Skip to main content

    Run rules

    Semgrep performs static application security testing (SAST) scans through the use of rules. Rules are instructions based on which Semgrep detects patterns in code.

    When Semgrep reports code using specified rules, the detected code is called a finding. The process of scanning and detecting a piece of code is also called matching, as Semgrep matches the code using rules to report a finding.

    Semgrep findings can help you find security, performance, or correctness issues, and enforce best practices. You can define custom rules through Semgrep's rule syntax or rely on rules created by the community or Semgrep, Inc.

    Public rules are stored in the Semgrep Registry which enables you to scan code without the need to write anything custom. Semgrep Registry is stored in an open source repository.

    Rules can be organized in rulesets. Rulesets are rules related through a programming language, OWASP category, or framework. The rulesets are curated by the team at Semgrep and updated as new rules are added to the Semgrep Registry.

    The list below covers different kinds of Semgrep rules:

    Running Semgrep Registry rules locally

    You can run a SAST scan in your Git environment with pre-selected Semgrep Registry rules:

    semgrep scan --config=auto

    By default, when Semgrep Registry is used, Semgrep collects usage metrics.

    Explore the Semgrep Registry by following these steps:

    1. See the Semgrep Registry, click a ruleset, and then choose a rule.
    2. On the page of the rule, click Run Locally.
    3. Copy the code for local install, and then add the path to the source code you want to scan in your terminal:
      semgrep scan --config="RULESET-ID" PATH/TO/SRC
    4. Optional: Run registry rules simultaneously with local rules:
      semgrep scan --config="RULESET-ID" --config=PATH/TO/MYRULE.YAML PATH/TO/SRC

    Creating and using local rules

    Local rules can be either:


    See Writing rules > Getting started to learn how to write rules.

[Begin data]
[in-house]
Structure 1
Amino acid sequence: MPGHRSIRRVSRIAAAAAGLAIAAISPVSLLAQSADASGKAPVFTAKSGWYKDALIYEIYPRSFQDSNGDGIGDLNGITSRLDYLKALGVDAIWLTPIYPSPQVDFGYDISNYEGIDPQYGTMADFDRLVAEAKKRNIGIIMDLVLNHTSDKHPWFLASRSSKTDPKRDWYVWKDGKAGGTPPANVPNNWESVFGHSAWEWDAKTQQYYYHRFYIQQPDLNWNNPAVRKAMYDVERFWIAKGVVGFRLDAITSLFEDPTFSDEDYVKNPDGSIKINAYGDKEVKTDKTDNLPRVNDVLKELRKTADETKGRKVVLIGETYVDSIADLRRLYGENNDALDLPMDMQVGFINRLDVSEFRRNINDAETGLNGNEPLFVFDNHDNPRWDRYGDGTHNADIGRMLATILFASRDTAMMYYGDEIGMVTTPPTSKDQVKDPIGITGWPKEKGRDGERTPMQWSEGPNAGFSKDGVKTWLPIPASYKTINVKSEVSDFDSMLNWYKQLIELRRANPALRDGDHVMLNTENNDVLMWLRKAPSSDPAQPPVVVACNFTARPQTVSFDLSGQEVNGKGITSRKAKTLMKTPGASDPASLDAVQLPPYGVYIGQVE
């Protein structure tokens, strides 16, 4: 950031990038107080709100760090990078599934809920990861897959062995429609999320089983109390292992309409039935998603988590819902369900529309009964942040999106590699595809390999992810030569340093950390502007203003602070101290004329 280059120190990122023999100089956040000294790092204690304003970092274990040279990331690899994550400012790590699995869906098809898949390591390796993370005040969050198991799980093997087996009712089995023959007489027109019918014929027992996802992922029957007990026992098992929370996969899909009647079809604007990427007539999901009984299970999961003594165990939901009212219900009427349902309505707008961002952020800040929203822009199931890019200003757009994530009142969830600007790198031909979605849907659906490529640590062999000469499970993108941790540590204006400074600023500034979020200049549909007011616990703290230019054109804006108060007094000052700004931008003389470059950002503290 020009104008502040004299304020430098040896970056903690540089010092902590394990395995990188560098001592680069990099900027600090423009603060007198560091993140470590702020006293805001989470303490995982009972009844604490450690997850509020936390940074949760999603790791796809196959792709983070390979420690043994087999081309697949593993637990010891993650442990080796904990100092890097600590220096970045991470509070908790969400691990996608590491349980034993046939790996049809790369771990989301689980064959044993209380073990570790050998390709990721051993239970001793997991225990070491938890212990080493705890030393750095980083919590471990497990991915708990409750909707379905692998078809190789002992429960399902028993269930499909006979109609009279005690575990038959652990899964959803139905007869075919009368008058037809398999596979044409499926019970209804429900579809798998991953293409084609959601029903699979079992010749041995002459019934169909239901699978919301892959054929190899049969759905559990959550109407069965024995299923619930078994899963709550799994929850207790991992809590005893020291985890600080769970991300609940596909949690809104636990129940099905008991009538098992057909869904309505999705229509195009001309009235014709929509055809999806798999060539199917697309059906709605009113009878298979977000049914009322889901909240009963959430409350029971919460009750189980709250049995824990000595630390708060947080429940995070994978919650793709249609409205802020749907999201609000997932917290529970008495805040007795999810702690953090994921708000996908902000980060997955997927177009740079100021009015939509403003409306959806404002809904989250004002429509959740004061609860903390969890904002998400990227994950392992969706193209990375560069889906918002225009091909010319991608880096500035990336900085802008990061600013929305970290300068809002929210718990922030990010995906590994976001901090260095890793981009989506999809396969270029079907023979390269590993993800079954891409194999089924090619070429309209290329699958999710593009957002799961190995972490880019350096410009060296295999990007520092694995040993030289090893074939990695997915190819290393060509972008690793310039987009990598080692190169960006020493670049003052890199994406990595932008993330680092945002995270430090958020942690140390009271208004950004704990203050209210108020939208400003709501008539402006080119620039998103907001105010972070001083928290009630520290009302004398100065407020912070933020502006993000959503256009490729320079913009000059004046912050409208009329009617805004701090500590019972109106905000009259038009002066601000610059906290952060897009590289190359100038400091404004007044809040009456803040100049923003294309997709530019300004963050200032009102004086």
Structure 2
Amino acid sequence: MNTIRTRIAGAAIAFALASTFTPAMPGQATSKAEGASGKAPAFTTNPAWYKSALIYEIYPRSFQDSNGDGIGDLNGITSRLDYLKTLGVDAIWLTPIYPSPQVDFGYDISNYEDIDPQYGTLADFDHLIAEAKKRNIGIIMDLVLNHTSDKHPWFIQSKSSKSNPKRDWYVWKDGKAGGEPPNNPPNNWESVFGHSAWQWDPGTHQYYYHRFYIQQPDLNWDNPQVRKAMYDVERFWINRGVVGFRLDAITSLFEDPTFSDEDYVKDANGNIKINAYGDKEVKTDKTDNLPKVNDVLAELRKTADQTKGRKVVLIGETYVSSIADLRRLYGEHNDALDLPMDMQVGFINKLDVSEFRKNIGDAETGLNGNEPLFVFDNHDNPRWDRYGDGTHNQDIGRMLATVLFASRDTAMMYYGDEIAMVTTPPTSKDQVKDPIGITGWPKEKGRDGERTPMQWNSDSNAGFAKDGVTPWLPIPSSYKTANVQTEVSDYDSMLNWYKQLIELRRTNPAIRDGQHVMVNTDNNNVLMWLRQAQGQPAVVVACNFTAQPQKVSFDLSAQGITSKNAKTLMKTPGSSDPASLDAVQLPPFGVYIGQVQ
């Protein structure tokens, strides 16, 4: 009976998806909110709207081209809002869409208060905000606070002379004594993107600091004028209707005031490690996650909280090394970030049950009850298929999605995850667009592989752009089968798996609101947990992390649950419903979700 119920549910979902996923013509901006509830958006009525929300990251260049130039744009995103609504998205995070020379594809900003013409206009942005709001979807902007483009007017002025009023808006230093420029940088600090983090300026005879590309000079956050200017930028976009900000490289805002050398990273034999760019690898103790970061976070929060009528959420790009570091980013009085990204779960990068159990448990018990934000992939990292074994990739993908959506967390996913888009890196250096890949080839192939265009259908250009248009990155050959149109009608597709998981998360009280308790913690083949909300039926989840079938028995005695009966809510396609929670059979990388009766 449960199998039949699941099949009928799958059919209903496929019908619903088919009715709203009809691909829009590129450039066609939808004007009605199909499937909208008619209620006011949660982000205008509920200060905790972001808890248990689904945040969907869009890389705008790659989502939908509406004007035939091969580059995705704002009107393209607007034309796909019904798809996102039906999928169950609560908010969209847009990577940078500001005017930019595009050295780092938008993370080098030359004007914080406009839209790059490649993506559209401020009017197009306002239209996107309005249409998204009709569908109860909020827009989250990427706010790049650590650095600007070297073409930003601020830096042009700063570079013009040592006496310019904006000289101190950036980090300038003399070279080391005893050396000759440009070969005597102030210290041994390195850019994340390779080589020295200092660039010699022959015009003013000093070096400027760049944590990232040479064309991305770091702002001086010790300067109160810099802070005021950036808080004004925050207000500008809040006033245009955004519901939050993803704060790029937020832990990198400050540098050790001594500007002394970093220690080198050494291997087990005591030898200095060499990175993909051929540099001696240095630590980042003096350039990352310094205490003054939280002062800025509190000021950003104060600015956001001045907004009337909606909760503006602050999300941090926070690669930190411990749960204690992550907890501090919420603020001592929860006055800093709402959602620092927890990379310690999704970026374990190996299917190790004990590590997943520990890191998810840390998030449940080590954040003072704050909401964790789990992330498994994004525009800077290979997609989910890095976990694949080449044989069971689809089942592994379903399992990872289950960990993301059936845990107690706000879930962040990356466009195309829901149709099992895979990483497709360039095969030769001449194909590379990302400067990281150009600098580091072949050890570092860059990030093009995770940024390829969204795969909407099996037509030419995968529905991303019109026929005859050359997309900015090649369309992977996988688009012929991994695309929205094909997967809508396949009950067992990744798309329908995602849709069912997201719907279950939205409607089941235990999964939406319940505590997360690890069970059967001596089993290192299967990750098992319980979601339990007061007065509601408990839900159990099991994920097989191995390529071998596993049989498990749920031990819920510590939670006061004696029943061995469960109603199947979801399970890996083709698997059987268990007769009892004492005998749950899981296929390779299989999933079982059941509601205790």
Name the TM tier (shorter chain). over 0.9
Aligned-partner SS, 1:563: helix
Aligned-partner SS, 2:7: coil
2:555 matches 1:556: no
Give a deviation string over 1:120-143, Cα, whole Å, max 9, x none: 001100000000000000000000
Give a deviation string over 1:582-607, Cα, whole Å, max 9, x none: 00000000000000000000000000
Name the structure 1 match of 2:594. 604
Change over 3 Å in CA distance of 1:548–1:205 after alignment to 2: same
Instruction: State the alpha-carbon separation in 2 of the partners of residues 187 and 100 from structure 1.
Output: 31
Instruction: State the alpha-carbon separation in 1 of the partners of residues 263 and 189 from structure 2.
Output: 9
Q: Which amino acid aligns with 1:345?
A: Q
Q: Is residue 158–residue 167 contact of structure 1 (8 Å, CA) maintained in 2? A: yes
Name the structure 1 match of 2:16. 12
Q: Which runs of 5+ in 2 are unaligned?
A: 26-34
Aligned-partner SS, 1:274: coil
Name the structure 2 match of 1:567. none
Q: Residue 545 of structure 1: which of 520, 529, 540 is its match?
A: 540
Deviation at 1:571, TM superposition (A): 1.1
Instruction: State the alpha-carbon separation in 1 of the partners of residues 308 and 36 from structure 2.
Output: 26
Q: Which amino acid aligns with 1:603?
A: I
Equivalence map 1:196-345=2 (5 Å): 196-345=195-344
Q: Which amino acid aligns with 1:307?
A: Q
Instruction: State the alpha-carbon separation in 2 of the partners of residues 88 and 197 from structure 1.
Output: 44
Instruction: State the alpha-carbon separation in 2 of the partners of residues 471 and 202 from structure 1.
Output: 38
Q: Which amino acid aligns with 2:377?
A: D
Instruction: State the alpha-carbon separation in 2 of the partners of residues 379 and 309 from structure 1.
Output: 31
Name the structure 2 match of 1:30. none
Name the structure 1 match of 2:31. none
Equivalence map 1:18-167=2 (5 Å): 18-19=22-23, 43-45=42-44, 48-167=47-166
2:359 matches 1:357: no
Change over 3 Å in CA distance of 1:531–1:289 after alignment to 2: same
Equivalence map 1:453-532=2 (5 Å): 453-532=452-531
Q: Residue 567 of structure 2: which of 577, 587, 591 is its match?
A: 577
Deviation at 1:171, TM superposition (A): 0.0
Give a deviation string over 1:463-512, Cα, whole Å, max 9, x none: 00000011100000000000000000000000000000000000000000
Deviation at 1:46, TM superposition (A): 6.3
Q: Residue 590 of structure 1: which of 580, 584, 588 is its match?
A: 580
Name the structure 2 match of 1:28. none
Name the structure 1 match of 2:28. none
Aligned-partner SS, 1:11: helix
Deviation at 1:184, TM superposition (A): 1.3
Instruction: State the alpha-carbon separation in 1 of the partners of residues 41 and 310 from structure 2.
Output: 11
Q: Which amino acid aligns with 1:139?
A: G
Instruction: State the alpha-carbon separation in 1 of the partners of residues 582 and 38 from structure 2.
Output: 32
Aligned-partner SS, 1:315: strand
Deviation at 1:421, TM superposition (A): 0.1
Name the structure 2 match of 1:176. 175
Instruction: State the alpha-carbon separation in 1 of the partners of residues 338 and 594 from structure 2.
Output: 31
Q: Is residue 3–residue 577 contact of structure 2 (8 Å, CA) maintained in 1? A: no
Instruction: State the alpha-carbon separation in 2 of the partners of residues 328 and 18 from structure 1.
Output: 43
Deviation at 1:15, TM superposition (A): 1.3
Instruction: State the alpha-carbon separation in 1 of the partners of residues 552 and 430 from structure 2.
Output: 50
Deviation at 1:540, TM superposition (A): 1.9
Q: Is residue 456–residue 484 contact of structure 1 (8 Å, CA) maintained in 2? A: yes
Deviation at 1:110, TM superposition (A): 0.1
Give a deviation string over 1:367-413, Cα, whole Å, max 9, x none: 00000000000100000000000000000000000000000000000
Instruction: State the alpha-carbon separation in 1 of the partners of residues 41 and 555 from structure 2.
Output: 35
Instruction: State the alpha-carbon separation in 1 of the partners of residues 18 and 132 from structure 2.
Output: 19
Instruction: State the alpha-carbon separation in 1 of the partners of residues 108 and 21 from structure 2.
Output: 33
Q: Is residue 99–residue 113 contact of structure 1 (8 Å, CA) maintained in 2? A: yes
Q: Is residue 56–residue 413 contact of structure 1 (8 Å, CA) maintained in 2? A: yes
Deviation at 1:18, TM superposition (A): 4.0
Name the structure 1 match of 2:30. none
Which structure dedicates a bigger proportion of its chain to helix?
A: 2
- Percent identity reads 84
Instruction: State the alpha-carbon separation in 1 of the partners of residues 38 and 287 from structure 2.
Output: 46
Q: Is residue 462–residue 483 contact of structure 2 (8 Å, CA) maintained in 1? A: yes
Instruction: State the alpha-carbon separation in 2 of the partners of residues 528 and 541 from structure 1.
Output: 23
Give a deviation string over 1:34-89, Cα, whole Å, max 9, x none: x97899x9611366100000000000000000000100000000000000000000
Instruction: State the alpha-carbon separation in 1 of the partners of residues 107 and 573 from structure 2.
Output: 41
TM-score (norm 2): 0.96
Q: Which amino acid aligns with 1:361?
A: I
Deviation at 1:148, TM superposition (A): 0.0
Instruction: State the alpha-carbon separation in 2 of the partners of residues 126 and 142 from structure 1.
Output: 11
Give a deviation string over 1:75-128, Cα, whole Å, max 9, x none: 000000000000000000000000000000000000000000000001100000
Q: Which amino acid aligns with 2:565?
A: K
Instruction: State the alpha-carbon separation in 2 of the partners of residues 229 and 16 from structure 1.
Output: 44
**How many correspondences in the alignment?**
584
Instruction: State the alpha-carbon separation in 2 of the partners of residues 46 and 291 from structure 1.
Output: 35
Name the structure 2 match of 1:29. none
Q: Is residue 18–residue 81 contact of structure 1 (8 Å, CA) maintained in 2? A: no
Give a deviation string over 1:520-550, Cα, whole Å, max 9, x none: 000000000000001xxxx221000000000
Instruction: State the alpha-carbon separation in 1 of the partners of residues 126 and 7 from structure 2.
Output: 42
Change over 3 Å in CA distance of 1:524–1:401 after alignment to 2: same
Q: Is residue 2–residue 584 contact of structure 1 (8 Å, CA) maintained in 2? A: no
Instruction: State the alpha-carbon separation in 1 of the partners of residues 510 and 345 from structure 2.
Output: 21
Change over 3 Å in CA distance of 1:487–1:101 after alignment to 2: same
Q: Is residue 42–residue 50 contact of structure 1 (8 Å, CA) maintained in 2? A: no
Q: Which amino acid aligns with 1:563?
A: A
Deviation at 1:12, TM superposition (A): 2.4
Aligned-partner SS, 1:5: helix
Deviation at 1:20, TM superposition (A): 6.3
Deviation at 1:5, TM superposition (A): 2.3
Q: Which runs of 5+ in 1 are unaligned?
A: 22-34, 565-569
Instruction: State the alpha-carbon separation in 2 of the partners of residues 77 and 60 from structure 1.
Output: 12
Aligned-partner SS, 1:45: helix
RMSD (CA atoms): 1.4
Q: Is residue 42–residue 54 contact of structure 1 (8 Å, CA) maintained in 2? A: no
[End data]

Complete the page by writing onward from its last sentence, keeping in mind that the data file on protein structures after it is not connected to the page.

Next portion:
Ephemeral rules

    Use the -e or --pattern flags in your terminal for ephemeral rules that are used once.

    For example: Check for Python == where the left and right sides are the same (often a bug):

    semgrep -e '$X == $X' --lang=py PATH/TO/SRC
    Substitute the optional placeholder PATH/TO/SRC with the path to your source code.


    Both local rule.yaml files and ephemeral rules are called local rules.

    YAML-defined rules

    To create a local YAML file where you define your own rules and run them with Semgrep, follow these steps:

    1. Create a rule.yaml file.
    2. Below is a simple example rule for Python which you can paste into your rule.yaml file.
      - id: is-comparison
      - python
      message: The operator 'is' is for reference equality, not value equality! Use
      `==` instead!
      pattern: $SOMEVAR is "..."
      severity: ERROR
    3. Run the following command to run local YAML rule files:
      semgrep scan --config PATH/TO/MYRULE.YAML

    Rules stored under a hidden directory, such as dir/.hidden/myrule.yml, are processed by Semgrep when scanning with the --config flag.

    For more information on defining custom rules, see Writing rules.

    Running multiple rules simultaneously

    To run multiple rules simultaneously, use --config before every YAML URL, or Semgrep registry entry name. This option let's you include your local rules as well as Semgrep Registry rules. See the following code example (substitute the colored values as necessary):

    semgrep scan --config p/python --config PATH/TO/MYRULE.YAML


    See Ignoring findings for details on suppressing rule output.

    Next steps

    Find out how to contribute to Semgrep Registry by reading Contributing rules guide.

    Number of Semgrep Registry rules

    Semgrep supports a large number of languages and rules! Their number is continuously expanding.

    Not finding what you need in this doc? Ask questions in our Community Slack group, or see Support for other ways to get help.